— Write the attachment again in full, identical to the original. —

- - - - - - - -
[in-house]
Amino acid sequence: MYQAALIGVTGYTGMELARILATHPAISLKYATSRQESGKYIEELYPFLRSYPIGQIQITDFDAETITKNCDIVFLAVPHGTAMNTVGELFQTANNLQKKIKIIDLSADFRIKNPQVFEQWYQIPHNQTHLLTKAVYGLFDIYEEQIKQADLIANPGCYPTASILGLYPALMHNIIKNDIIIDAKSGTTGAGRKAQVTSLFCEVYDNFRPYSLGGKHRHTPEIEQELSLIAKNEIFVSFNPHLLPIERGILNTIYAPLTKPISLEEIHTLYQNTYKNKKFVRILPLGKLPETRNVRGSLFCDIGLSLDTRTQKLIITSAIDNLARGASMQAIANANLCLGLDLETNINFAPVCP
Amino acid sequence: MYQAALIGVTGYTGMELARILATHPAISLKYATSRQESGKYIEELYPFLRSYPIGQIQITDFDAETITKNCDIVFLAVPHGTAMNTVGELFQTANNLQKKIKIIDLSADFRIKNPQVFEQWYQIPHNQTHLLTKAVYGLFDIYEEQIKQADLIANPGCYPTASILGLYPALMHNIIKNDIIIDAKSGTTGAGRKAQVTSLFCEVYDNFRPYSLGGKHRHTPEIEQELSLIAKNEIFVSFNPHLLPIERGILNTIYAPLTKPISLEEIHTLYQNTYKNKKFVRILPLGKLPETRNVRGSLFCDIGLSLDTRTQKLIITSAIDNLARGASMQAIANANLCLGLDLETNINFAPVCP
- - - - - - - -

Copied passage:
[in-house]
Amino acid sequence: MYQAALIGVTGYTGMELARILATHPAISLKYATSRQESGKYIEELYPFLRSYPIGQIQITDFDAETITKNCDIVFLAVPHGTAMNTVGELFQTANNLQKKIKIIDLSADFRIKNPQVFEQWYQIPHNQTHLLTKAVYGLFDIYEEQIKQADLIANPGCYPTASILGLYPALMHNIIKNDIIIDAKSGTTGAGRKAQVTSLFCEVYDNFRPYSLGGKHRHTPEIEQELSLIAKNEIFVSFNPHLLPIERGILNTIYAPLTKPISLEEIHTLYQNTYKNKKFVRILPLGKLPETRNVRGSLFCDIGLSLDTRTQKLIITSAIDNLARGASMQAIANANLCLGLDLETNINFAPVCP
Amino acid sequence: MYQAALIGVTGYTGMELARILATHPAISLKYATSRQESGKYIEELYPFLRSYPIGQIQITDFDAETITKNCDIVFLAVPHGTAMNTVGELFQTANNLQKKIKIIDLSADFRIKNPQVFEQWYQIPHNQTHLLTKAVYGLFDIYEEQIKQADLIANPGCYPTASILGLYPALMHNIIKNDIIIDAKSGTTGAGRKAQVTSLFCEVYDNFRPYSLGGKHRHTPEIEQELSLIAKNEIFVSFNPHLLPIERGILNTIYAPLTKPISLEEIHTLYQNTYKNKKFVRILPLGKLPETRNVRGSLFCDIGLSLDTRTQKLIITSAIDNLARGASMQAIANANLCLGLDLETNINFAPVCP